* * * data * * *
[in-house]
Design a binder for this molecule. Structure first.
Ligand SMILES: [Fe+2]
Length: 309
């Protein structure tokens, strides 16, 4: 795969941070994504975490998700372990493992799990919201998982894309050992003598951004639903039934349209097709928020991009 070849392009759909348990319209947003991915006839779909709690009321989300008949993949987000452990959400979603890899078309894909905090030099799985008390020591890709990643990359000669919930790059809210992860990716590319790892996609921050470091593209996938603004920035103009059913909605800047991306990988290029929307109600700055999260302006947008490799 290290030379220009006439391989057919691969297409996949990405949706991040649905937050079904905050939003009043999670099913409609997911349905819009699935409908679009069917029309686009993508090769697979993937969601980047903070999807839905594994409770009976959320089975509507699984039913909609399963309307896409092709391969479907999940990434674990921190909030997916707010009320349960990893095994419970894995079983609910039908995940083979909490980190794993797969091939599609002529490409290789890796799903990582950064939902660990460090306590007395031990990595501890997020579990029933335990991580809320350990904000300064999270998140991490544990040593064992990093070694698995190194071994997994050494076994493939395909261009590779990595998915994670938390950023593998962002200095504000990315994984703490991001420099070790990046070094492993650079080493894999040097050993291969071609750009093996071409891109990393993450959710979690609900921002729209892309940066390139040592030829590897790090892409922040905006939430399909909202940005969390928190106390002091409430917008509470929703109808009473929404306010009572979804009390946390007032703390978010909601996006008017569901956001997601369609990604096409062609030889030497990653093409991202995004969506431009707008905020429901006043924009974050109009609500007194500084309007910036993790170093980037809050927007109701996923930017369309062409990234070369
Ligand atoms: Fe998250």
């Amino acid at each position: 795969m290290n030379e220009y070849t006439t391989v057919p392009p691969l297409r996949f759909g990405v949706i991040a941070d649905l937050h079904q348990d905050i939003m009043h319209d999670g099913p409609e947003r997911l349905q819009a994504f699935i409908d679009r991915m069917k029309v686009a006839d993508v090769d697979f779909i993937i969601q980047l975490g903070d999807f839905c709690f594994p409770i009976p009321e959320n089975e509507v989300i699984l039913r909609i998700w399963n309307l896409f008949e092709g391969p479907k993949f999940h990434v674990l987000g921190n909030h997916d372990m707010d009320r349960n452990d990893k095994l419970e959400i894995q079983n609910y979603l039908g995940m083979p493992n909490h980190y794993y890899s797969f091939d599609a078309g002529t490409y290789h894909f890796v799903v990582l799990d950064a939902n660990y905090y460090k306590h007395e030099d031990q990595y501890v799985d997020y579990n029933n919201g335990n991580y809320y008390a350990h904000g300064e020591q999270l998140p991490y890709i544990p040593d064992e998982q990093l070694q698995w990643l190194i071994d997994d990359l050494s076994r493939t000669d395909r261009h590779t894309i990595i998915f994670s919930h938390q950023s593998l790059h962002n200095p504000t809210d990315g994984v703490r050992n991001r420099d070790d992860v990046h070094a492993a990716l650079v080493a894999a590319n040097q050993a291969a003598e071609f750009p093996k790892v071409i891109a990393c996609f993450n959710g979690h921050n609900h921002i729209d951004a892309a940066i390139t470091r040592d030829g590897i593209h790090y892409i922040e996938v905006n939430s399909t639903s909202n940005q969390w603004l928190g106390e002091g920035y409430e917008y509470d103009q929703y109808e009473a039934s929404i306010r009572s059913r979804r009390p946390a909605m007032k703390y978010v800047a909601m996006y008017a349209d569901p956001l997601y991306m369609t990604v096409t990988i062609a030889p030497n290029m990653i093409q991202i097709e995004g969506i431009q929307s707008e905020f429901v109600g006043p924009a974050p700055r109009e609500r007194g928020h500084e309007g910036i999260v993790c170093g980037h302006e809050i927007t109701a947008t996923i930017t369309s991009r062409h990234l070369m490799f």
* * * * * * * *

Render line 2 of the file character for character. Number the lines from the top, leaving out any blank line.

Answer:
Design a binder for this molecule. Structure first.